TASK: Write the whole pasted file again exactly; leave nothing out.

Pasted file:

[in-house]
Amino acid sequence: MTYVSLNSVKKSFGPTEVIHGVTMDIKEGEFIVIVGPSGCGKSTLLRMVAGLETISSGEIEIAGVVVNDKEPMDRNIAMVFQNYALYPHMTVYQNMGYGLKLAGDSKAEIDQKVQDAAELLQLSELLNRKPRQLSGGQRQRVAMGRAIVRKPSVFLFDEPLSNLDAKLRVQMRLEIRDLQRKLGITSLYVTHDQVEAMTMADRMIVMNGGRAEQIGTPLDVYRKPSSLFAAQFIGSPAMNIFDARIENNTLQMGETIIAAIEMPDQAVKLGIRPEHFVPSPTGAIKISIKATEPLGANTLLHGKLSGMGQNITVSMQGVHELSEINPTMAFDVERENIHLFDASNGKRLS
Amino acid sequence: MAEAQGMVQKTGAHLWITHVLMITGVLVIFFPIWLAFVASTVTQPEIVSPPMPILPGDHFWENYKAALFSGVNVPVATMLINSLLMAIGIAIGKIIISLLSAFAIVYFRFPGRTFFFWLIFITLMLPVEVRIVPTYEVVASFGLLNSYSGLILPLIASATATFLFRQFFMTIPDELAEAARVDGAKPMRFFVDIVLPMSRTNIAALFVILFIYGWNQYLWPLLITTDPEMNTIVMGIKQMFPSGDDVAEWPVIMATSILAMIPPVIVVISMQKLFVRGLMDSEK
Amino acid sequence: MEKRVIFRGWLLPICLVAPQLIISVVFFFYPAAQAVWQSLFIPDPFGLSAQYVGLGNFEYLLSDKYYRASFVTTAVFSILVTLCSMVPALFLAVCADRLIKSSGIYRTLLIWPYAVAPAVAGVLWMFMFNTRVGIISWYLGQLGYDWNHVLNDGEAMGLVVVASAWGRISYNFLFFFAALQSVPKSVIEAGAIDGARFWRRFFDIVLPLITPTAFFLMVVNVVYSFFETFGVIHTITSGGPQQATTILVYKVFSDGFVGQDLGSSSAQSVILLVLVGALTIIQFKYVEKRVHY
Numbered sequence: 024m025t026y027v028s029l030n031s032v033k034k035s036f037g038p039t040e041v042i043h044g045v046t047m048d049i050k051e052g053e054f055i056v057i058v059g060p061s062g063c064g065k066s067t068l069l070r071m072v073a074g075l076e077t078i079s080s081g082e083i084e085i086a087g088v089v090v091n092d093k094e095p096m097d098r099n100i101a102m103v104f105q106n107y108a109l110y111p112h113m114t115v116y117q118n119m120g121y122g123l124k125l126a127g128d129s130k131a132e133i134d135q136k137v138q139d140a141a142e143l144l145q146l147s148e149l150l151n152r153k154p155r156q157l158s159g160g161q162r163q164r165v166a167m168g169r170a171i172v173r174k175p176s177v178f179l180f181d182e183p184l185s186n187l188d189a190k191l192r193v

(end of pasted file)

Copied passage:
[in-house]
Amino acid sequence: MTYVSLNSVKKSFGPTEVIHGVTMDIKEGEFIVIVGPSGCGKSTLLRMVAGLETISSGEIEIAGVVVNDKEPMDRNIAMVFQNYALYPHMTVYQNMGYGLKLAGDSKAEIDQKVQDAAELLQLSELLNRKPRQLSGGQRQRVAMGRAIVRKPSVFLFDEPLSNLDAKLRVQMRLEIRDLQRKLGITSLYVTHDQVEAMTMADRMIVMNGGRAEQIGTPLDVYRKPSSLFAAQFIGSPAMNIFDARIENNTLQMGETIIAAIEMPDQAVKLGIRPEHFVPSPTGAIKISIKATEPLGANTLLHGKLSGMGQNITVSMQGVHELSEINPTMAFDVERENIHLFDASNGKRLS
Amino acid sequence: MAEAQGMVQKTGAHLWITHVLMITGVLVIFFPIWLAFVASTVTQPEIVSPPMPILPGDHFWENYKAALFSGVNVPVATMLINSLLMAIGIAIGKIIISLLSAFAIVYFRFPGRTFFFWLIFITLMLPVEVRIVPTYEVVASFGLLNSYSGLILPLIASATATFLFRQFFMTIPDELAEAARVDGAKPMRFFVDIVLPMSRTNIAALFVILFIYGWNQYLWPLLITTDPEMNTIVMGIKQMFPSGDDVAEWPVIMATSILAMIPPVIVVISMQKLFVRGLMDSEK
Amino acid sequence: MEKRVIFRGWLLPICLVAPQLIISVVFFFYPAAQAVWQSLFIPDPFGLSAQYVGLGNFEYLLSDKYYRASFVTTAVFSILVTLCSMVPALFLAVCADRLIKSSGIYRTLLIWPYAVAPAVAGVLWMFMFNTRVGIISWYLGQLGYDWNHVLNDGEAMGLVVVASAWGRISYNFLFFFAALQSVPKSVIEAGAIDGARFWRRFFDIVLPLITPTAFFLMVVNVVYSFFETFGVIHTITSGGPQQATTILVYKVFSDGFVGQDLGSSSAQSVILLVLVGALTIIQFKYVEKRVHY
Numbered sequence: 024m025t026y027v028s029l030n031s032v033k034k035s036f037g038p039t040e041v042i043h044g045v046t047m048d049i050k051e052g053e054f055i056v057i058v059g060p061s062g063c064g065k066s067t068l069l070r071m072v073a074g075l076e077t078i079s080s081g082e083i084e085i086a087g088v089v090v091n092d093k094e095p096m097d098r099n100i101a102m103v104f105q106n107y108a109l110y111p112h113m114t115v116y117q118n119m120g121y122g123l124k125l126a127g128d129s130k131a132e133i134d135q136k137v138q139d140a141a142e143l144l145q146l147s148e149l150l151n152r153k154p155r156q157l158s159g160g161q162r163q164r165v166a167m168g169r170a171i172v173r174k175p176s177v178f179l180f181d182e183p184l185s186n187l188d189a190k191l192r193v